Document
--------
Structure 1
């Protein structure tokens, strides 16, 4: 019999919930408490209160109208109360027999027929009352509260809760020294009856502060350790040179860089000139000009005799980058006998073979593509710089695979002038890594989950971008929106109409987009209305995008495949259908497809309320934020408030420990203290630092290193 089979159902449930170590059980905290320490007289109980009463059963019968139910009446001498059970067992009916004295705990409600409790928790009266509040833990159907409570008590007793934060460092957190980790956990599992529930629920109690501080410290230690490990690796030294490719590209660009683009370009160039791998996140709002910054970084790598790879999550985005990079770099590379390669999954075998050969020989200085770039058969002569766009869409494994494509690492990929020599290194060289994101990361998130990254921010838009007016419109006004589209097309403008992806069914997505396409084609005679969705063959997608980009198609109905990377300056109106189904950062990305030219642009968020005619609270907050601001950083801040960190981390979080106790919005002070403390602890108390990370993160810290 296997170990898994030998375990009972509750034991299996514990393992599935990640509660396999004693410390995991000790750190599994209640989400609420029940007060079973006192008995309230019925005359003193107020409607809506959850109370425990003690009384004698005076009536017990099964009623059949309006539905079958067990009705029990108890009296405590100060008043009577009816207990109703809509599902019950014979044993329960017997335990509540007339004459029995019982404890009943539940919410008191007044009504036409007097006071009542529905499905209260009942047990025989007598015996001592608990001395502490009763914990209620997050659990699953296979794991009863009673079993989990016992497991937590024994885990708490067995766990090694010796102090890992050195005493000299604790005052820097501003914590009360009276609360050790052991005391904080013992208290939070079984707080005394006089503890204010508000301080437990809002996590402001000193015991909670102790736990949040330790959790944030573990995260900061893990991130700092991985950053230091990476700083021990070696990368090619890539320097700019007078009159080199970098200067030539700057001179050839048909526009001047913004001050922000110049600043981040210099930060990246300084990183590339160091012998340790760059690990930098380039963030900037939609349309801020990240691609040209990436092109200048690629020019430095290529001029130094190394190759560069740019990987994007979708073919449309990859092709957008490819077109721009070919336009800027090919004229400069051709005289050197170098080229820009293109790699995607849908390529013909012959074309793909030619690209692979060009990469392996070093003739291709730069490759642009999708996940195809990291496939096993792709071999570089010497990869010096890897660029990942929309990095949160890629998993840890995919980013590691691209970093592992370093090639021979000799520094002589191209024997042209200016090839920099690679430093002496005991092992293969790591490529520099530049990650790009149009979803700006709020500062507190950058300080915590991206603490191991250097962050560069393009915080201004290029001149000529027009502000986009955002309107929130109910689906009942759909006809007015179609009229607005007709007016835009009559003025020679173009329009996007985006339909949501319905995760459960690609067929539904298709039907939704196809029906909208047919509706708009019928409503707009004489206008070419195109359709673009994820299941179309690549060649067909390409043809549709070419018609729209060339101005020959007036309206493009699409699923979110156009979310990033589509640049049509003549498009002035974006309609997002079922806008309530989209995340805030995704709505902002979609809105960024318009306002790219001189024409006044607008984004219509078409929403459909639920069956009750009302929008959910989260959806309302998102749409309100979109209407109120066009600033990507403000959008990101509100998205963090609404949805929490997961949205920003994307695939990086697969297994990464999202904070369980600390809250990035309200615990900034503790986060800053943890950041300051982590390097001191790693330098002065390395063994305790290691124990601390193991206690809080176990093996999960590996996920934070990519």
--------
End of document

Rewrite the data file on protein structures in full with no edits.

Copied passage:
Structure 1
């Protein structure tokens, strides 16, 4: 019999919930408490209160109208109360027999027929009352509260809760020294009856502060350790040179860089000139000009005799980058006998073979593509710089695979002038890594989950971008929106109409987009209305995008495949259908497809309320934020408030420990203290630092290193 089979159902449930170590059980905290320490007289109980009463059963019968139910009446001498059970067992009916004295705990409600409790928790009266509040833990159907409570008590007793934060460092957190980790956990599992529930629920109690501080410290230690490990690796030294490719590209660009683009370009160039791998996140709002910054970084790598790879999550985005990079770099590379390669999954075998050969020989200085770039058969002569766009869409494994494509690492990929020599290194060289994101990361998130990254921010838009007016419109006004589209097309403008992806069914997505396409084609005679969705063959997608980009198609109905990377300056109106189904950062990305030219642009968020005619609270907050601001950083801040960190981390979080106790919005002070403390602890108390990370993160810290 296997170990898994030998375990009972509750034991299996514990393992599935990640509660396999004693410390995991000790750190599994209640989400609420029940007060079973006192008995309230019925005359003193107020409607809506959850109370425990003690009384004698005076009536017990099964009623059949309006539905079958067990009705029990108890009296405590100060008043009577009816207990109703809509599902019950014979044993329960017997335990509540007339004459029995019982404890009943539940919410008191007044009504036409007097006071009542529905499905209260009942047990025989007598015996001592608990001395502490009763914990209620997050659990699953296979794991009863009673079993989990016992497991937590024994885990708490067995766990090694010796102090890992050195005493000299604790005052820097501003914590009360009276609360050790052991005391904080013992208290939070079984707080005394006089503890204010508000301080437990809002996590402001000193015991909670102790736990949040330790959790944030573990995260900061893990991130700092991985950053230091990476700083021990070696990368090619890539320097700019007078009159080199970098200067030539700057001179050839048909526009001047913004001050922000110049600043981040210099930060990246300084990183590339160091012998340790760059690990930098380039963030900037939609349309801020990240691609040209990436092109200048690629020019430095290529001029130094190394190759560069740019990987994007979708073919449309990859092709957008490819077109721009070919336009800027090919004229400069051709005289050197170098080229820009293109790699995607849908390529013909012959074309793909030619690209692979060009990469392996070093003739291709730069490759642009999708996940195809990291496939096993792709071999570089010497990869010096890897660029990942929309990095949160890629998993840890995919980013590691691209970093592992370093090639021979000799520094002589191209024997042209200016090839920099690679430093002496005991092992293969790591490529520099530049990650790009149009979803700006709020500062507190950058300080915590991206603490191991250097962050560069393009915080201004290029001149000529027009502000986009955002309107929130109910689906009942759909006809007015179609009229607005007709007016835009009559003025020679173009329009996007985006339909949501319905995760459960690609067929539904298709039907939704196809029906909208047919509706708009019928409503707009004489206008070419195109359709673009994820299941179309690549060649067909390409043809549709070419018609729209060339101005020959007036309206493009699409699923979110156009979310990033589509640049049509003549498009002035974006309609997002079922806008309530989209995340805030995704709505902002979609809105960024318009306002790219001189024409006044607008984004219509078409929403459909639920069956009750009302929008959910989260959806309302998102749409309100979109209407109120066009600033990507403000959008990101509100998205963090609404949805929490997961949205920003994307695939990086697969297994990464999202904070369980600390809250990035309200615990900034503790986060800053943890950041300051982590390097001191790693330098002065390395063994305790290691124990601390193991206690809080176990093996999960590996996920934070990519």